An eating disorder is like a mushroom. What you see is only a piece: the interesting stuff happens below the surface. [i]
It would be better if an eating disorder was like a parfait. Everybody loves parfait.
And while my bulimia hides its secrets like a fairy ring, it lives and dies by rules. The list of things you can’t do is not only legion but alive. New things get added to the “honey don’t” list all the time with the promise that permissions will be restored as soon as you meet certain demands. “Wants” are irrelevant and soon stop featuring in decision-making at all.
That behaviour carried on well past the point at which I stopped throwing up. “I can’t” is more of my inner monologue than I’d like. That doesn’t magically change because you alter your behaviour. Work is required.
I know. It’s so annoying.
You can’t eat that. You can’t do that. You can’t go there. You can’t wear those clothes. You can’t put on jewelry or makeup. You can’t build a life. Those options aren’t currently available. You’ll have access when you level up.
“Level up” is eating disorder speak for “dead.”
Eating disorder recovery occurs on a continuum. It’s not unlike yoga in that regard. You want to achieve things like normalcy or a truly awesome double pigeon, but these are late-stage desires. Early-stage recovery is mostly concerned with staying alive.
If one doesn’t know much about eating disorders, this might sound like hyperbole: it’s not. Help is usually only sought when it’s minutes to midnight. And help is rarely accepted even when death looks imminent.
Help is another thing we’re allowed to accept only when we’re perfect.
I didn’t hear “I can’t” that often in the early days of recovery. It was a daily slog through sobriety and my brain was busy being miserable. I was unprepared for how difficult recovery would be. The life you had is ripped away and with it goes your coping mechanisms. It takes time to grow new skin.
It’s probably why I didn’t start hearing “you can’t” from her again until fairly recently. She was in shock. Or maybe my eating disorder is getting more aggressive now that she’s facing obscurity? Though how much more aggressive one can get beyond trying to kill is uncertain.
But I digress.
If you do something all the time, it’s a feature, not a glitch.
Once the early days of the eating disorder had passed, the voice could relax. I didn’t need to be told I couldn’t eat ice cream unless I was planning on throwing it up. I’d have sooner eaten my shoe. I was well trained. I knew the rules. The list was long and complicated; with food, it’s easier to list what was left: water, diet pop, high-water content vegetables, and fruit. The occasional gummy candy for energy. I never could figure out why I was always so tired and cold. [ii]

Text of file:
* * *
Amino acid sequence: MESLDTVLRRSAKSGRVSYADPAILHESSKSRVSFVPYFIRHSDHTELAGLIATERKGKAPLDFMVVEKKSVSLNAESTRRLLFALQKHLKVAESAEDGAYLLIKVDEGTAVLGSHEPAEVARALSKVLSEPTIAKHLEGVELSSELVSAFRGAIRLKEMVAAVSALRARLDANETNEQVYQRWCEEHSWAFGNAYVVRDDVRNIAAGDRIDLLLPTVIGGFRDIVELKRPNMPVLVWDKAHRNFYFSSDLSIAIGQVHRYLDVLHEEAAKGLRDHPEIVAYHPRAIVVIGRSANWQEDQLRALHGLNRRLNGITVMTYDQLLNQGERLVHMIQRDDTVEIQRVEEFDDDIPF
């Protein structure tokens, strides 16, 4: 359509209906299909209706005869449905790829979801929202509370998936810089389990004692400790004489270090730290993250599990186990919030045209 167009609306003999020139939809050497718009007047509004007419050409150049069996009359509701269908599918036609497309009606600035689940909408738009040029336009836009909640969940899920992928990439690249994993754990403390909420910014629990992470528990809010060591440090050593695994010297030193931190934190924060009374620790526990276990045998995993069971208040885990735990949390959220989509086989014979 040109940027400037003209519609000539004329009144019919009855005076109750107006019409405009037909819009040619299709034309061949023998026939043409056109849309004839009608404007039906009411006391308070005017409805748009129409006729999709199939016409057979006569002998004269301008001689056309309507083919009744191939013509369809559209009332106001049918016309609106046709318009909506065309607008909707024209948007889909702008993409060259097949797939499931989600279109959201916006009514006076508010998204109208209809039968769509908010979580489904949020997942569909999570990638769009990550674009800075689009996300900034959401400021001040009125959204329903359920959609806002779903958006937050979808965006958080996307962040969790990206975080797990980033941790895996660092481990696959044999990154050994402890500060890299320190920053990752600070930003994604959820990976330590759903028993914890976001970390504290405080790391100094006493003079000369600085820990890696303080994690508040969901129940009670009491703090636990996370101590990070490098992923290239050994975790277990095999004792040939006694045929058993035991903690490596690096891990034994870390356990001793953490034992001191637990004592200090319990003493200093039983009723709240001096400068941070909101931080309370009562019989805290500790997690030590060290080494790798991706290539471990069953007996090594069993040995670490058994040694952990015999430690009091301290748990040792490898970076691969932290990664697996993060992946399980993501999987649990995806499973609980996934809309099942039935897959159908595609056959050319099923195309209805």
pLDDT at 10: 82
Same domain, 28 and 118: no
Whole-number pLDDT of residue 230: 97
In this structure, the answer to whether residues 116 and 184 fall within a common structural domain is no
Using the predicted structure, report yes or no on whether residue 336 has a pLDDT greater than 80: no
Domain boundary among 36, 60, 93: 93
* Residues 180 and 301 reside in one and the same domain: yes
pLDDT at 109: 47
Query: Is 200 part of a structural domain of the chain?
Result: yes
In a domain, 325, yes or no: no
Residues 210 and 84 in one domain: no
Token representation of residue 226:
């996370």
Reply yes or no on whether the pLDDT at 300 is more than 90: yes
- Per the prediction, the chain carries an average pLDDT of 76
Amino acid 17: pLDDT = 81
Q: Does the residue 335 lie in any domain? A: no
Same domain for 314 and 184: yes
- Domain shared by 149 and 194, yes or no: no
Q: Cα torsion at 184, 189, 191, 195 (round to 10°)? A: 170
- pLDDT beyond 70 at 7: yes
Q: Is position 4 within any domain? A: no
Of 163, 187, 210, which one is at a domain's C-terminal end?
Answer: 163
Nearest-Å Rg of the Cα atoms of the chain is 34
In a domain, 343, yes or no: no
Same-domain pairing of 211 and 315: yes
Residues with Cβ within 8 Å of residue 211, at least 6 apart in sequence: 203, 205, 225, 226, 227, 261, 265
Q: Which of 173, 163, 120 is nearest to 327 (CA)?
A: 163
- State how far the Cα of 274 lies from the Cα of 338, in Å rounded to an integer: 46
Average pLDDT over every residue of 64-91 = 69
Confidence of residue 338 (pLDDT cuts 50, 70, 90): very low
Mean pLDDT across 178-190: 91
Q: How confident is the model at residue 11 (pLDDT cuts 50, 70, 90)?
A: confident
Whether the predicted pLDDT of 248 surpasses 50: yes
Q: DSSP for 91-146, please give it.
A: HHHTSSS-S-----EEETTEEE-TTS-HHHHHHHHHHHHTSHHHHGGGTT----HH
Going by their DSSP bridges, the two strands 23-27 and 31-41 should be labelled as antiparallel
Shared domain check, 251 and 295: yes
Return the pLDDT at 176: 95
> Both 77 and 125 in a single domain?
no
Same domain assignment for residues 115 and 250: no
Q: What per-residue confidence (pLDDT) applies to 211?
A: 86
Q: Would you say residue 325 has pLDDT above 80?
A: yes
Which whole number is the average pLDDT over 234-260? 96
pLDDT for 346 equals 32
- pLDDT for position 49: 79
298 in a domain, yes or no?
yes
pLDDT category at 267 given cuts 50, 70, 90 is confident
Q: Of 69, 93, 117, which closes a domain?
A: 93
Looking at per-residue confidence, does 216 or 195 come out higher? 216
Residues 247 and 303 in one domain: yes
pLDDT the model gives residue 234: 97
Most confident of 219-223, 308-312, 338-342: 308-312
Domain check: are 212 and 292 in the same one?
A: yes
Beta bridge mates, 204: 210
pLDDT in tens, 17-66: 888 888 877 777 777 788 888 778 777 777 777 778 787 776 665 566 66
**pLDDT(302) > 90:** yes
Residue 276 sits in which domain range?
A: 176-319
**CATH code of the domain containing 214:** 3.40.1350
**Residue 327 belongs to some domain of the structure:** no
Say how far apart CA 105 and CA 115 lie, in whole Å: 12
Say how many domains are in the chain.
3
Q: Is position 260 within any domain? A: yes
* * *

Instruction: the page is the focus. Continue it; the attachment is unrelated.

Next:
This is the pain of recovery. You break the rules that kept chaos and your disgusting self at bay. You dismantle the supports that kept you safe. This is why compliance isn’t ideal. You “adopt” the desired end without building new scaffolding. When you leave and the institutionalization of rehab falls away (it takes a few weeks), the terror, decompensating, and real work of recovery begins.
If things go well, what you learned is enough.
The timeline might not be what you expect.
It’s nearly seven years on and only now am I challenging the thoughts that tell me no.
The eating disorder tries to gain another foothold, tries to toss out “can’t” and more rules, but I’m very much the middle-aged toddler these days. I’m all about “no” and “why?”
As it turns out, I can eat fries. I can eat nachos. I can have seconds, feel too full, and neither throw up nor shave my head. I can skip dinner and have nibbles in the evening without freaking out. I can eat food I didn’t measure. I can eat food without studying the nutrition panel. [iii]
I can exercise every day for a month and then skip a whole week. I can have wine with food. I can enforce boundaries without feeling apologetic. Mostly.
I don’t have to apologize for my existence.
It’s been nice. It’s strange to go to a restaurant with a friend and not have large sections of my brain absent as it plans how we’ll deal with the sin. The permission to enjoy – or rather the relaxing of prohibitions – isn’t limited to food either.
The posts about sheet masks and collages, the occasional photograph I share: these wouldn’t have been impossible before I started working on my eating disorder recovery. They expose imperfections, both the talking about and the doing. Selfcare was for when I was perfect. Life was supposed to be harsh nastiness until that day. This is the consequence of being flawed.
But now I eat deep-fried pickles with a dip that’s Big Mac sauce-adjacent. They’re delicious and I’m amazed. I eat fresh pasta I haven’t weighed. I have dessert.
It’s not easy.
But food with high-fat content is tasty and my skin’s looking fierce.
Progress comes with pain. It has always been thus.
header credit: The Daily Guru
[i] For “interesting,” read “dangerous.”
[ii] Unless I was binging. Then I might have chosen the shoe.
[iii] This is slightly disingenuous. My eating disorder was full active from age eleven until age forty-six and there was run-up time and time in recovery. I know calories even when I don’t want to.